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US nursing homes ravaged by COVID-19 path

By BELINDA ROBINSON in New York | China Daily Global | Updated: 2020-04-24 11:42

A woman places her gloved hands on a man who died of the COVID-19 in a nursing home, in Denver, Colorado, US, April 23, 2020. [Photo/Agencies]

Nursing homes and long-term care facilities across the United States have had more than 10,000 coronavirus-related deaths, making them a hotbed for infections and prompting several states to take action to prevent more deaths.

"This happens to be a virus that attacks elderly people, and nursing homes are the place of the elderly people, so this is a very intense situation for nursing homes," said New York Governor Andrew Cuomo at his daily press briefing Thursday.

Besides New York state, deaths have occurred in Florida, New Jersey, Minnesota, Massachusetts, California and several other states.

The US has more than 866,000 confirmed cases of COVID-19 and at least 49,000 deaths, many of them in nursing homes, as of Wednesday, according to data from Johns Hopkins University.

COVID-19 has ravaged at least 4,800 long-term care facilities nationwide, infecting 56,000 residents and staff, according to The Wall Street Journal.

New York Attorney General Letitia James and the New York State Department of Health (NYSDOH) have launched an investigation of the homes to make sure they are following strict guidelines, including taking the temperatures of employees.

Other guidelines issued by NYSDOH and the US Centers for Disease Control and Prevention (CDC) include that staff must treat residents infected with the virus separately from those who don't have it.

If they cannot provide care for infected residents, they must transfer them to another facility. Homes also must notify a resident's family within 24 hours if the patient tested positive for the virus or died from COVID-19.

"If they don't (follow the rules), we will take appropriate action," Cuomo said. This could mean a fine or loss of their license, he said.

In Massachusetts and West Virginia, officials are attempting to ramp up testing for the coronavirus. West Virginia Governor Jim Justice issued an executive order that his health authorities and the National Guard must test every resident in the state's nursing homes, along with employees.

In Massachusetts, a National Guard testing program was tried but discontinued after problems with the test kits, the state's public-health department said.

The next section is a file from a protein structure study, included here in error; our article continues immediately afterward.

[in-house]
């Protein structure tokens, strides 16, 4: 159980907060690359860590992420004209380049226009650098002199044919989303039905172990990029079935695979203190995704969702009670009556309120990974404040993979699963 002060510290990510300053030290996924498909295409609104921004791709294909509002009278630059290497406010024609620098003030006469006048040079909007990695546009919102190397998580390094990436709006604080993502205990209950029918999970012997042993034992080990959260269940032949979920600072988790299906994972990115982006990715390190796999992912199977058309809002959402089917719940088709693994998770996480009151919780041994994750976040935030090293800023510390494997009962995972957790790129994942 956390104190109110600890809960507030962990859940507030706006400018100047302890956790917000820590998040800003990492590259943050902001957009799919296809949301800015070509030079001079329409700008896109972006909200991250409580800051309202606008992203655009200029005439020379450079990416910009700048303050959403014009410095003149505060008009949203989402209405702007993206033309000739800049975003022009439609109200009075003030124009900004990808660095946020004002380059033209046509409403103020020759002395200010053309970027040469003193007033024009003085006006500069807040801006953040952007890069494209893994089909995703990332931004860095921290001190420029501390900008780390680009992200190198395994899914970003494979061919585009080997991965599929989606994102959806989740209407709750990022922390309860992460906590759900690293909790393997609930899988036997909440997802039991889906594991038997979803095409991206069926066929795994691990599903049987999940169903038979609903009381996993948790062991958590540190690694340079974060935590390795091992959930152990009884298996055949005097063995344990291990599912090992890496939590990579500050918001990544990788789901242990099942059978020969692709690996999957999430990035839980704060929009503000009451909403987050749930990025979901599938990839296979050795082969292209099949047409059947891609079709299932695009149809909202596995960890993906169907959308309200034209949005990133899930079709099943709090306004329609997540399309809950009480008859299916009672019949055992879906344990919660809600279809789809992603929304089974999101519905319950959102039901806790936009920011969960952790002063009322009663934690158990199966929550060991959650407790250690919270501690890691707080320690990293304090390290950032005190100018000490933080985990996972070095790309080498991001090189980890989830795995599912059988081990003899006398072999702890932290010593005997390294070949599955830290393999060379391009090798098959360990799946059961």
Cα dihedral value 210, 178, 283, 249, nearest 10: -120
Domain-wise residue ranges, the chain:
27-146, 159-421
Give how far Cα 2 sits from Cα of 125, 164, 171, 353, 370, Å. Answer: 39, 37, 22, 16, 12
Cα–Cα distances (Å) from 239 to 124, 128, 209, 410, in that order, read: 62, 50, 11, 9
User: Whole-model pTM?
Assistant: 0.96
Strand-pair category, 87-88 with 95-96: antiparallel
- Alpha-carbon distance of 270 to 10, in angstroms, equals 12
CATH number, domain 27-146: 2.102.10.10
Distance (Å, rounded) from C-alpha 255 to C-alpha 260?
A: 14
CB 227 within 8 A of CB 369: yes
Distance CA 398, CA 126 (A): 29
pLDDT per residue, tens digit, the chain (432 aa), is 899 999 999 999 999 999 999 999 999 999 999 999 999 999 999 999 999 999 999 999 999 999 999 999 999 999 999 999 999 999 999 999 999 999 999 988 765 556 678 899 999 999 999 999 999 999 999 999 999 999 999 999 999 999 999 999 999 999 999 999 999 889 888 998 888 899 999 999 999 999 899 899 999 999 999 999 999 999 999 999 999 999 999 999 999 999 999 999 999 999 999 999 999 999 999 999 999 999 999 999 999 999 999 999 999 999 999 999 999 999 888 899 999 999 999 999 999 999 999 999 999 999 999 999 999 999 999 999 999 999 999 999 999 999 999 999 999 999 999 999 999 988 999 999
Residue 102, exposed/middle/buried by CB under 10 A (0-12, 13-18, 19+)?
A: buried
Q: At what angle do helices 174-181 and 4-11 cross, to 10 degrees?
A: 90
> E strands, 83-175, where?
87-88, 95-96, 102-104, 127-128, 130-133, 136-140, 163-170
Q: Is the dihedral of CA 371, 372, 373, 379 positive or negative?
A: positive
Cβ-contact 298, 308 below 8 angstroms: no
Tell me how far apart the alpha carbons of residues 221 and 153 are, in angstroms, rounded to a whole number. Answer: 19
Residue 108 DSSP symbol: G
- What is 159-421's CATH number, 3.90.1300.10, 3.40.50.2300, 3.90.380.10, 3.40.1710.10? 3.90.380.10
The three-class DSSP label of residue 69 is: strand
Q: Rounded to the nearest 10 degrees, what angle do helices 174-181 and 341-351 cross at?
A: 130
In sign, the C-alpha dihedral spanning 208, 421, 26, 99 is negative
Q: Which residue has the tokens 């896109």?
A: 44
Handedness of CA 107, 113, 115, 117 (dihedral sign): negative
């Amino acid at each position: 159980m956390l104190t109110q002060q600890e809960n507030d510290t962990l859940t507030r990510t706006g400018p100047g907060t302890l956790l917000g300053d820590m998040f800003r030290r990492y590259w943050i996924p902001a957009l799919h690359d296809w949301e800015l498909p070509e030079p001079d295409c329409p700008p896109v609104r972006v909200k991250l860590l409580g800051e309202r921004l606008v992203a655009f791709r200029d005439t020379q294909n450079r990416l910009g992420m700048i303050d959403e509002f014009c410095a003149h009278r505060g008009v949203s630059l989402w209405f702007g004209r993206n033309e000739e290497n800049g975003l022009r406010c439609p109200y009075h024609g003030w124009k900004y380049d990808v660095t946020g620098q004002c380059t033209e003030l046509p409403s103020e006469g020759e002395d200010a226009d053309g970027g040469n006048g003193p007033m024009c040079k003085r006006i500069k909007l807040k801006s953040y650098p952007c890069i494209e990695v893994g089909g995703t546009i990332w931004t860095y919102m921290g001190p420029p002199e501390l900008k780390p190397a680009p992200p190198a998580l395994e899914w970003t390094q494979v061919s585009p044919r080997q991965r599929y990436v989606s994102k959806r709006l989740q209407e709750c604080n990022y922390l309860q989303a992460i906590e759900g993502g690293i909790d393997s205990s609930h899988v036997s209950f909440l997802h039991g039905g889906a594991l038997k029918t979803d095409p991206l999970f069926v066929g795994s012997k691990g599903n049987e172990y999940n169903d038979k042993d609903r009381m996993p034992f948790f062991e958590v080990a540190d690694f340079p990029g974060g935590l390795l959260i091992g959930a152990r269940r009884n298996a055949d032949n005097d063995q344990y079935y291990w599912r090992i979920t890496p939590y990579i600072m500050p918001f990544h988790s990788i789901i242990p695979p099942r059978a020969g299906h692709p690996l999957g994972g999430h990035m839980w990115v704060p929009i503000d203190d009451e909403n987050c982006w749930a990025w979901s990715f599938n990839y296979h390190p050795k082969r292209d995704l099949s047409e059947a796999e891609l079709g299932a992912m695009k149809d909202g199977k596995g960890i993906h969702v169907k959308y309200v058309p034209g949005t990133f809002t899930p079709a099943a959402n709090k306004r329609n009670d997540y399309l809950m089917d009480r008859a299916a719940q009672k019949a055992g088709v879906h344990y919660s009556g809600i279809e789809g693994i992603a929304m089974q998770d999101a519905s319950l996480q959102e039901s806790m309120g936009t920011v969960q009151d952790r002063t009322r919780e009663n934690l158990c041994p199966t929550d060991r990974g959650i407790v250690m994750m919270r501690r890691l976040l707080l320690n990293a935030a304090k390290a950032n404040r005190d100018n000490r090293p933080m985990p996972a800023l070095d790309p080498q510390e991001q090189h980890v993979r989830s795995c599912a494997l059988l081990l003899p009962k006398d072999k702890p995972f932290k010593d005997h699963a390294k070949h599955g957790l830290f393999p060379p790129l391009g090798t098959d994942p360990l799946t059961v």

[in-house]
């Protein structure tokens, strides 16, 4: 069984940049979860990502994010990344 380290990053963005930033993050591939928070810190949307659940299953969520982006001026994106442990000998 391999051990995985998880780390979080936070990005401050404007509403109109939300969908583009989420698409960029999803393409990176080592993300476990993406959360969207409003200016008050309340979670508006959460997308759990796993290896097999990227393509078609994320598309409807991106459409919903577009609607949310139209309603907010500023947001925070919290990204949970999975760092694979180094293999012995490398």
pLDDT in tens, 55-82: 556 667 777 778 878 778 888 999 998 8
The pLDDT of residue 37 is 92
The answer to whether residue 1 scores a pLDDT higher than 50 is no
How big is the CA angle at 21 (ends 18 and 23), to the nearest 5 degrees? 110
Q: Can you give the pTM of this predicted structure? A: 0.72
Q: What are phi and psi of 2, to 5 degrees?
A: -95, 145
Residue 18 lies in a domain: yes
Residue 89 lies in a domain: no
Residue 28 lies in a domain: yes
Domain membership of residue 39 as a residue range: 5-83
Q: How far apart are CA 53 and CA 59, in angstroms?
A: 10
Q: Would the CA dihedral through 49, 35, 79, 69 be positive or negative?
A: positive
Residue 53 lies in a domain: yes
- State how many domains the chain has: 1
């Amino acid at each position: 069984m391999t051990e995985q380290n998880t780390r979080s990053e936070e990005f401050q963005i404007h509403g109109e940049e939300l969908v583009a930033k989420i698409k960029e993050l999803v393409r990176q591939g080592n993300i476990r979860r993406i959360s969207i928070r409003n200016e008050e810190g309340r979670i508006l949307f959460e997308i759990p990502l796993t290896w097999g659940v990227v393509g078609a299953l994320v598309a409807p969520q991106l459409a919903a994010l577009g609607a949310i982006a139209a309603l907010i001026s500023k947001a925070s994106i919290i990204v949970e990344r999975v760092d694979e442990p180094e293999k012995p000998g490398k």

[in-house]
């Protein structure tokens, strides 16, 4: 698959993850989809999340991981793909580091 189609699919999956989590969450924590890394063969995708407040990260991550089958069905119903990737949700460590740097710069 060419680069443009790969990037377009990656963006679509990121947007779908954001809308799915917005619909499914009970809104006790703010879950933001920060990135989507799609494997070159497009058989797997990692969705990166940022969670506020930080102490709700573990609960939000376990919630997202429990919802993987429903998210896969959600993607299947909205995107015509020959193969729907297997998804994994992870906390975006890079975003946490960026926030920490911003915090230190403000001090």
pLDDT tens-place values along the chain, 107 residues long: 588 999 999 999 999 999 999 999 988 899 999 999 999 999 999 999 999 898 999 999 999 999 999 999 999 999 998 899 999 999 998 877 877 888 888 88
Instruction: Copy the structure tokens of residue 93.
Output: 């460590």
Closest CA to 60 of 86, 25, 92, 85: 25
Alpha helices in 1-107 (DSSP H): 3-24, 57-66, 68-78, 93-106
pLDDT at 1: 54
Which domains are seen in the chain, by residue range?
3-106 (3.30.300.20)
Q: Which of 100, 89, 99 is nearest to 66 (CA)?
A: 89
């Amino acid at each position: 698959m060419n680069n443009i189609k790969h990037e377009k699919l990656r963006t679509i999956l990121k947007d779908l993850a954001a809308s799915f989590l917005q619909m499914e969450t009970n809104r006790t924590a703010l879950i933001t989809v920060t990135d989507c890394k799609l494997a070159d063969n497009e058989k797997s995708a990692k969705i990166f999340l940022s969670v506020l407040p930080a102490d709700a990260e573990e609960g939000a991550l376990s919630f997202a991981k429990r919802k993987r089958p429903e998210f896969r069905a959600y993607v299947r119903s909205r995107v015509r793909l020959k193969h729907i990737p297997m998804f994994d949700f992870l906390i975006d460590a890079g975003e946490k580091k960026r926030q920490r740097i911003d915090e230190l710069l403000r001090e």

In California, the healthcare industry is urging Governor Gavin Newsom to sign a directive to protect nursing homes, doctors and hospitals from lawsuits and prosecutions.

In March, New York enacted a similar law, the Emergency or Disaster Treatment Protection Act.

It states: "Any healthcare facility or healthcare professional shall have immunity from any liability, civil or criminal, for any harm or damages alleged" if care is in accordance with state rules and affected by "decisions or activities in response to or as a result of the COVID-19 outbreak".

A spokesman for the Minnesota state health department said Wednesday that 131 of the 179 total COVID-19 deaths were linked to long-term care facilities.

In Massachusetts, 55 percent of its 2,182 virus deaths were in nursing homes and long-term care facilities, including a veterans' nursing home in Holyoke where 55 residents died.

New Jersey's health department said Wednesday that 2,050 deaths were linked to these facilities.

New York said 2,690 residents at the state's nursing homes had died due to COVID-19. There are at least 6,475 infections in the facilities statewide (a quarter of the state's total cases as of Wednesday).

In Florida, 23 nursing-home residents died due to COVID-19 this week at Braden River Rehab Center and Riviera Palms Rehabilitation Center. The two facilities have 46 residents who have tested positive for the coronavirus, in addition to 54 employees.

California's state health department said last week that there have been 3,000 infections at nursing homes, and more than 30 percent of those who have died in Los Angeles County and 70 percent of the deaths in the city of Long Beach were nursing home residents.

Despite guidelines, some of the biggest outbreaks in nursing homes have occurred in New York and New Jersey, including 55 deaths at a nursing home in Brooklyn.

In Andover, New Jersey, earlier this month, police found 17 bodies packed into a tiny morgue at the Andover Subacute and Rehabilitation centers after an anonymous tip to police said a body was being stored in a shed.

"They were just overwhelmed by the amount of people who were expiring," Andover Police Chief Eric Danielson told The New York Times.

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